Arthritis is common, and it’s a very painful health issue that can prevent people from living well. Unfortunately, the medical world hasn’t exactly come up with a definite cure for this, and you have probably heard of many different solutions. 

Here are some of them:

  • Using cold or hot therapy. This form of therapy has been used for a very long time in society, and it has proven helpful, depending on the case. All you have to do is get a cold pack or a moist heat pack and place it in the area of your pain. You should do this for 15 minutes and then switch to a different painful spot or take a half an hour break before putting a pack back on your painful spot. 

With chronic pain, patients often need different forms of therapy on different days, depending on what feels best, so you should test this out and see what works. 

  • Relax. It may be easy to say and difficult to do when you have pain, but you can try it as one method of pain relief that may work. For this, you have to tense up a muscle and then release it. You can do this with all of the muscles while lying down. This process reminds of meditation, and it can help relieve the mental stress induced by pain.
  • Ointments with capsaicin. Capsaicin is a compound that can relieve your pain, and creams with it can help make it easier. Since it’s found in hot peppers and other hot food, you may feel a bit more pain first, but it will go away soon, and you will feel better.
  • Use painkillers. People in pain want to feel immediate relief, especially if the degree of pain is unbearable. While painkillers can be addictive, you should have some on hand to handle those flare-ups quickly, so you don’t have to suffer. Try to go for drugs that are not addictive — something like ibuprofen might do the job. However, you should always discuss this with your doctor before using anything.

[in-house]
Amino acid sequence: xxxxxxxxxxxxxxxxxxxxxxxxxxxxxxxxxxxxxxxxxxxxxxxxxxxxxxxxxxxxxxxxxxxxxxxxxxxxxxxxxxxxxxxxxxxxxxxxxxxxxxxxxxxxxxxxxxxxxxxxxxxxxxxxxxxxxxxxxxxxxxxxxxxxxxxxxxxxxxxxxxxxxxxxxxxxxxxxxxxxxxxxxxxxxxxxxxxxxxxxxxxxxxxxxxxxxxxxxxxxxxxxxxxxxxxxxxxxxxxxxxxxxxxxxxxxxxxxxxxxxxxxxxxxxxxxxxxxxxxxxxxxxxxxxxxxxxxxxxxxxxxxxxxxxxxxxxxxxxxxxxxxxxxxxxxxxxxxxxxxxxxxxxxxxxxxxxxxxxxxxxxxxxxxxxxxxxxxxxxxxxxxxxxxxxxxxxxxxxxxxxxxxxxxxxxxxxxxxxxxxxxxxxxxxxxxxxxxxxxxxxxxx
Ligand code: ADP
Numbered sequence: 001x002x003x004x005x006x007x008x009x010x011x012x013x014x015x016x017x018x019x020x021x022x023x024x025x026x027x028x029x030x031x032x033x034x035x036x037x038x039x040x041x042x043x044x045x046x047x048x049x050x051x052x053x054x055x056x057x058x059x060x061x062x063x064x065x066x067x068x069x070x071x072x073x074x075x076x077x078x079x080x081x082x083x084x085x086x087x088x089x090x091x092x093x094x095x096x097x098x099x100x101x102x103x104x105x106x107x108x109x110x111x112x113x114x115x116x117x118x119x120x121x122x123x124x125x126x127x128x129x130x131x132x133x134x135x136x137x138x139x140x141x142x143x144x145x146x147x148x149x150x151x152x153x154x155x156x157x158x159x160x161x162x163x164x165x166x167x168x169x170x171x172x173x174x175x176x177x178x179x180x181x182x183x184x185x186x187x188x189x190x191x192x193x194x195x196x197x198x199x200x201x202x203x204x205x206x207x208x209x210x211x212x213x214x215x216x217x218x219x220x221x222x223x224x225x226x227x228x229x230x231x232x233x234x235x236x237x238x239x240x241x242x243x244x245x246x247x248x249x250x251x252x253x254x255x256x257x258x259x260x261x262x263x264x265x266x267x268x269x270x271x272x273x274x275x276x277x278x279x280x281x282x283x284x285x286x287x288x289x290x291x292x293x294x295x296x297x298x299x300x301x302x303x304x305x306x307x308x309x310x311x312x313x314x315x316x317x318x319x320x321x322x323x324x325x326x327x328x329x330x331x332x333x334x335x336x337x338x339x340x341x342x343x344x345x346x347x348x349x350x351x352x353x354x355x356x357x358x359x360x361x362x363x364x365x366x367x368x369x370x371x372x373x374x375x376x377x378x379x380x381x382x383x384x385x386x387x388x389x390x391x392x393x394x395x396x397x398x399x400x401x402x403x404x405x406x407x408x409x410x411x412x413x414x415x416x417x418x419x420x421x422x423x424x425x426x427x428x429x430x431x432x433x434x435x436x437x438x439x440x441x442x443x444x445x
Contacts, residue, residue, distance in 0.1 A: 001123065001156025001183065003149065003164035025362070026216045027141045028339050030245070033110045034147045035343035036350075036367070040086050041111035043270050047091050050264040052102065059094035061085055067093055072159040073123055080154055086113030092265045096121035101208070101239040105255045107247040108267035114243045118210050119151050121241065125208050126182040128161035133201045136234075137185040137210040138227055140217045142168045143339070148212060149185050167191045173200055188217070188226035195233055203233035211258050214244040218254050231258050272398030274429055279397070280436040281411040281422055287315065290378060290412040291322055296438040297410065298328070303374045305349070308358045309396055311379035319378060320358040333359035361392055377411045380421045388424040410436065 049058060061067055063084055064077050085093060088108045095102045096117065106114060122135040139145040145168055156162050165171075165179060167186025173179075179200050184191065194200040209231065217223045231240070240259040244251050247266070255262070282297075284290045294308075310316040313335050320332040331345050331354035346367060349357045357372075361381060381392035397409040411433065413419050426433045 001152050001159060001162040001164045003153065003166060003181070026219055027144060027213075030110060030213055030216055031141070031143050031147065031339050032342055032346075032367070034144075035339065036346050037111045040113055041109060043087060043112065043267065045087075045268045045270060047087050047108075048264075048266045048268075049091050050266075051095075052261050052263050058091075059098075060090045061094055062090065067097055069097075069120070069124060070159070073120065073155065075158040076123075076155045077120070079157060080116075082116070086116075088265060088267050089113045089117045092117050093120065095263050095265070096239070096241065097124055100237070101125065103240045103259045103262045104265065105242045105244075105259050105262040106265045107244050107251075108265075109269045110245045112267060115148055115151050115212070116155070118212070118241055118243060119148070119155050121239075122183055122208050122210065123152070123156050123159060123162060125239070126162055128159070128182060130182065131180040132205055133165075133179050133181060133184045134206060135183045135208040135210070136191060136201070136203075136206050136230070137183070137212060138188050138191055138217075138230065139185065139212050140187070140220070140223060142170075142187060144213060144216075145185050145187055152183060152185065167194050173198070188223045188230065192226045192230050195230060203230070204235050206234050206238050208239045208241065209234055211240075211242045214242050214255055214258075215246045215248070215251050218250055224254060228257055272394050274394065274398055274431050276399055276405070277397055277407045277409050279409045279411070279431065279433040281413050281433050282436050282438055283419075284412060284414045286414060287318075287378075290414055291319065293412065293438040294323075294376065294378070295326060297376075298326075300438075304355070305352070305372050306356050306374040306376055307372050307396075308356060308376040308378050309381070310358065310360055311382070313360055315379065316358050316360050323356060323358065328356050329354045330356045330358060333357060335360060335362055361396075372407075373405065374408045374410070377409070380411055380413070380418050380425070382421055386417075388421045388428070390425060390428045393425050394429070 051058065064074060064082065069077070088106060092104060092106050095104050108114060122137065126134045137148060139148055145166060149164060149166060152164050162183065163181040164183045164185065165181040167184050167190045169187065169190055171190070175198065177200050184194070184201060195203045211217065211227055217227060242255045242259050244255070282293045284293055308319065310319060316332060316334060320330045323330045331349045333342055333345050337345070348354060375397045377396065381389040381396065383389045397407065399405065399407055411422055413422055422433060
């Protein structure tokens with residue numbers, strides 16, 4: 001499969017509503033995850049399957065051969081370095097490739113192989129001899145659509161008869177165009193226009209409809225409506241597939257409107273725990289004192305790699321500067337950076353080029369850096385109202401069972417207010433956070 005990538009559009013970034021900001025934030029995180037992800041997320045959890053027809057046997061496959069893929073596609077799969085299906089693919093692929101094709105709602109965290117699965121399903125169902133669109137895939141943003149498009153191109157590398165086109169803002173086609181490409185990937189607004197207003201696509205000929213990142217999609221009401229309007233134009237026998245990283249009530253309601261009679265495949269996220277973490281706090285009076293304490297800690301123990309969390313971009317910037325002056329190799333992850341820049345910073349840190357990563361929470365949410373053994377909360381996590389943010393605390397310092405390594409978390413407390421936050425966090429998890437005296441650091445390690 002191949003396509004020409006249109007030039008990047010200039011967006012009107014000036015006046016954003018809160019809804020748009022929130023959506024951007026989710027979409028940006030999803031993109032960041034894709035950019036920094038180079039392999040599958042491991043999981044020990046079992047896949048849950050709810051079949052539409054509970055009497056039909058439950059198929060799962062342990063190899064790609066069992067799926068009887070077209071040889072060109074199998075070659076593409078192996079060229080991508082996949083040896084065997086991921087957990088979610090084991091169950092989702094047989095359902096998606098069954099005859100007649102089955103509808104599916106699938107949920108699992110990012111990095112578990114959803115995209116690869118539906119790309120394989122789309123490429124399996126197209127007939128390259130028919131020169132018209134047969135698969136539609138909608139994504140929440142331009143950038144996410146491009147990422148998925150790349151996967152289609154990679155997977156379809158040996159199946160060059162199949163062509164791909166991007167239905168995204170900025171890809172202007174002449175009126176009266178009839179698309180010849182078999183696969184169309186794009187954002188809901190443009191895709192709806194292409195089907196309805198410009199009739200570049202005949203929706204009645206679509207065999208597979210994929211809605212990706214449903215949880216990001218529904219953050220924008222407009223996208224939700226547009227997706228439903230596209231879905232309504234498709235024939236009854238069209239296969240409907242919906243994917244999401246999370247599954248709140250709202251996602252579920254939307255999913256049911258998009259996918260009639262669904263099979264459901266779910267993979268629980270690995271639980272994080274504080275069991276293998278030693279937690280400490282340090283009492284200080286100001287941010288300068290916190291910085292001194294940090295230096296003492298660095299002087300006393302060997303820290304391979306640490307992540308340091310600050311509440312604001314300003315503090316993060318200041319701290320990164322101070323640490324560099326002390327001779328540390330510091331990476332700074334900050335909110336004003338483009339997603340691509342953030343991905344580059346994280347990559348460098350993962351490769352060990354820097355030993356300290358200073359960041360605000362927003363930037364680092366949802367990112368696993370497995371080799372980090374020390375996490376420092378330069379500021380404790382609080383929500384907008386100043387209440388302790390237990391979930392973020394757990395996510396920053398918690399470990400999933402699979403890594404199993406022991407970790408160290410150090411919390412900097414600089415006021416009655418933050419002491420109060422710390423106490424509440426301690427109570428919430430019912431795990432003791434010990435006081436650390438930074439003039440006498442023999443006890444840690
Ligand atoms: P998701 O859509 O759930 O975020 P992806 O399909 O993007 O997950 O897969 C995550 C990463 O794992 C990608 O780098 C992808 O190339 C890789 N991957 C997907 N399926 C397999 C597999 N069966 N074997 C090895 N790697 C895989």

Benefits of TENS for Arthritis

TENS has tons of benefits for people in pain, especially with chronic patients. So, you can try using it instead of these other options or in combination with them. Here are some TENS benefits you may see if you start using it: 

  • No addiction. While painkillers can be addictive, there is no danger of that with TENS. You can use it as much as you want without getting addicted. Your body will not look for it when it’s not there, and you’ll be able to have a normal life. 
  • TENS activates endorphins. One of the main purposes of TENS is to block pain signals, but it can also activate the body’s natural painkillers called endorphins, which makes it easier for you to get pain relief. 
  • Inflammation reduction. One study has found that TENS can actually reduce inflammation, which is especially useful with arthritis patients. While there needs to be more research on this subject, it doesn’t hurt to try. 
  • You have the control. A big disadvantage of many treatments is that you get no control, and often little information, on what is being done to help you. With TENS, you get all the control over your treatment, and you get to say when you take the treatment. 

How Does TENS Affect Arthritis Symptoms? 

The main goal TENS has is to block the pain signals and stimulate the production of endorphins in the body. You’ll get pain relief that you need, and your mind might feel better, too, without the pressure of constant pain. 

You won’t need to use any medication, and TENS is not addictive. Numerous patients have found TENS generally effective, especially while you use them. 

But, to understand how TENS works, you have to understand arthritis and how it works first.